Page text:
Unexpected Python Behavior

Bengt Richter bokr at oz.net
Tue Sep 28 22:42:30 CEST 2004

On Tue, 28 Sep 2004 19:12:16 +0200, aleaxit at yahoo.com (Alex Martelli) wrote:
>> >As for 'risky', both approaches are.  The default argument risks the
>> >user mistakenly passing a corresponding actual-argment; the function
>> >attribute risks the user rebinding the name.
>> ?
>import math
>def f(x):
>   try: return f.cache[x]
>   except KeyError:
>       f.cache[x] = result = math.sin(x)
>       return result
>f.cache = {}
>def g(x):
>   try: return g.cache[x]
>   except KeyError:
>       g.cache[x] = result = math.cos(x)
>       return result
>g.cache = {}
>print f(0.2), g(0.2), f(0.2), g(0.3)
># note: oops coming
>f, g = g, f
>print f(0.2), g(0.2), f(0.2), g(0.3)
>Basically, the idea of having f use f.cache depends on the unstated
>assumption that global name 'f' will forevermore refer to the same
>object it used to refer to at the time f.cache was initialized and the
>first few entries of f.cache were set.  You say you consider it "risky"
>to use f's default attribute values (which stick to the object, not to
>the name), and I reply, _THIS_ inferior idiom you advocate is the truly
>risky one -- it relies on a "fixed" name<->object correspondence which
>NOTHING in Python guarantees or even suggests.
Thanks for highlighting this. It is one of my pet peeves that there is
no local "self" reference available for a function or class etc., and
no way (other than one-at-a-time method-self binding) to get a def-time
expression value bound to a locally visible name. Maybe we could have
a triple star in the arg list to delimit syntax and effect like defaults
but which don't become part of the arg count? E.g.,

    def f(x, *** cache={}, pi = __import__('math').pi):
        try: return cache[x]

Or arrange it differently, and add comments

    def f(x, ***
        # presets
        cache={},      # XXX lru later ;-)
        pi = __import__('math').pi
    ):  # run time
        try: return cache[x]
>> Passing a parameter to a function that, by the way, is declaring
>> it *wants* it doesn't seem to me the same as messing with
>> internals of something from the outside.
>If you want to hint that a parameter is really 'internal' name it with a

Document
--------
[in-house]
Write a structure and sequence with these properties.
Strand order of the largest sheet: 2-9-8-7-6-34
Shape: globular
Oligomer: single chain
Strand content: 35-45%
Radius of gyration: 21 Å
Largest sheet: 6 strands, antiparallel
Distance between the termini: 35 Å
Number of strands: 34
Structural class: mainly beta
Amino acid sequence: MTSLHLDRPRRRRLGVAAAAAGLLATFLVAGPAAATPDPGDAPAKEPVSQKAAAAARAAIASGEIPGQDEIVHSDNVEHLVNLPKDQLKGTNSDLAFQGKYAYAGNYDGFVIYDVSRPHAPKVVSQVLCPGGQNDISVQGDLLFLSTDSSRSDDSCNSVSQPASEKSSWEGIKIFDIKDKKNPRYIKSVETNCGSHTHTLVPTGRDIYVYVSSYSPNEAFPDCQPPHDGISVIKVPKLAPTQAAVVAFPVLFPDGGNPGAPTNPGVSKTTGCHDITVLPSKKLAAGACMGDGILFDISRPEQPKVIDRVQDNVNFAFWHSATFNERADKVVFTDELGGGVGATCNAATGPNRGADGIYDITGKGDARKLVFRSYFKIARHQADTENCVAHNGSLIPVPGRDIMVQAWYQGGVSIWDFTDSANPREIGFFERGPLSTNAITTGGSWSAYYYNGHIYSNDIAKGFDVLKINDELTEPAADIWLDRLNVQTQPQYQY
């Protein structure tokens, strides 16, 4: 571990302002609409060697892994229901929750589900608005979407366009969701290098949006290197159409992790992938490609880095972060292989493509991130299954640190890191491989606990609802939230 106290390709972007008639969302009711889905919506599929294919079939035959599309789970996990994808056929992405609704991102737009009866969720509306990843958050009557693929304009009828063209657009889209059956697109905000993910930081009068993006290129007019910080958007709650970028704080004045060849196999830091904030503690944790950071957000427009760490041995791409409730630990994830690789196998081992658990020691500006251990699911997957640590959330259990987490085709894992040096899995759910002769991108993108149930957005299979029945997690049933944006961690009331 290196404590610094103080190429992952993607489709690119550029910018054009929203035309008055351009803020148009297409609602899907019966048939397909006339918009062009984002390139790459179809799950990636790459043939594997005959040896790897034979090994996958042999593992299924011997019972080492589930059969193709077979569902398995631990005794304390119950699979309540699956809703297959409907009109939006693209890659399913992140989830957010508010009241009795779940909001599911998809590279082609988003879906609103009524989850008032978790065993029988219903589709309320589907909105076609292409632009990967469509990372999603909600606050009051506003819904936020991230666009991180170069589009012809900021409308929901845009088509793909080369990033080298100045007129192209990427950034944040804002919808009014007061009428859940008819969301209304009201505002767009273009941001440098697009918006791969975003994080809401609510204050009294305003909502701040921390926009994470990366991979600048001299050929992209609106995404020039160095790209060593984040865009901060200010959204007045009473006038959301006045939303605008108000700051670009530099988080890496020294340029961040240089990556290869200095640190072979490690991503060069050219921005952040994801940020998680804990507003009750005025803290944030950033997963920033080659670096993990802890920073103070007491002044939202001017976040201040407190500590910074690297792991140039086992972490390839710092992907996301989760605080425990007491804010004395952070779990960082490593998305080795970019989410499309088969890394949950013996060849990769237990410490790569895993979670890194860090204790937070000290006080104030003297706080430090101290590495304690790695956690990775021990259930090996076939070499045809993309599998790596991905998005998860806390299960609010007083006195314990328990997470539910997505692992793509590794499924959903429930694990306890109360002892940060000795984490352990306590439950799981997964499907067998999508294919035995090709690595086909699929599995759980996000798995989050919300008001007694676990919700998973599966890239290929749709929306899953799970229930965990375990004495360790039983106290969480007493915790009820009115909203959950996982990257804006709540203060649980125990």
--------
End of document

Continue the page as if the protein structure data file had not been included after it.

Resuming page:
>leading underscore, that's Python's convention.
>> >here you get two separate caches, one for base.f and one for derived.f,
>> >no sweat -- and if you want base.f to use derived.f's cache when call
>> >from there, just chance the last call to 'base.f(self, x, cache)' --
>> >obvious, simple, elementary.
>> When you need to mess with the those vars from the "outside" then
>> it's clear you're not looking for a static; probably you're not
>> even looking for a function as the interaction with the "state" is
>> getting too important. IMO in these cases it's *way* better to
>> use a class instead (may be one implementing the call interface).
>And go to the huge trouble of simulating method-binding?!  Puh-LEEZE.
>Using callable classes in lieu of a class's ordinary methods, when such
>methods with perfectly normal Python semantics will do, is just plain
>silly -- looking for complexity where no need for it exists.
I'm not sure why you didn't mention the alternative of not simulating
but actually using the mechanism of method binding, e.g.,

 >>> import math
 >>> def f(cache, x):
 ...     try: return cache[x]
 ...     except KeyError:
 ...         cache[x] = result = math.sin(x)
 ...         return result
 >>> f = f.__get__({}, dict)
 >>> f
 <bound method dict.f of {}>
 >>> f(math.pi/6.)
 >>> f.im_self
 {0.52359877559829882: 0.49999999999999994}
 >>> f(0.0)
 >>> f.im_self
 {0.52359877559829882: 0.49999999999999994, 0.0: 0.0}

And you can't pass extra arguments ...  
(BTW, (to OP) note that f sees bound "self" (the cache) as part of the arg count,
the way f the function sees it. This would have been be clearer if I had not rebound 'f')

 >>> f({}, 0.0)
 Traceback (most recent call last):
   File "<stdin>", line 1, in ?
 TypeError: f() takes exactly 2 arguments (3 given)

Bengt Richter

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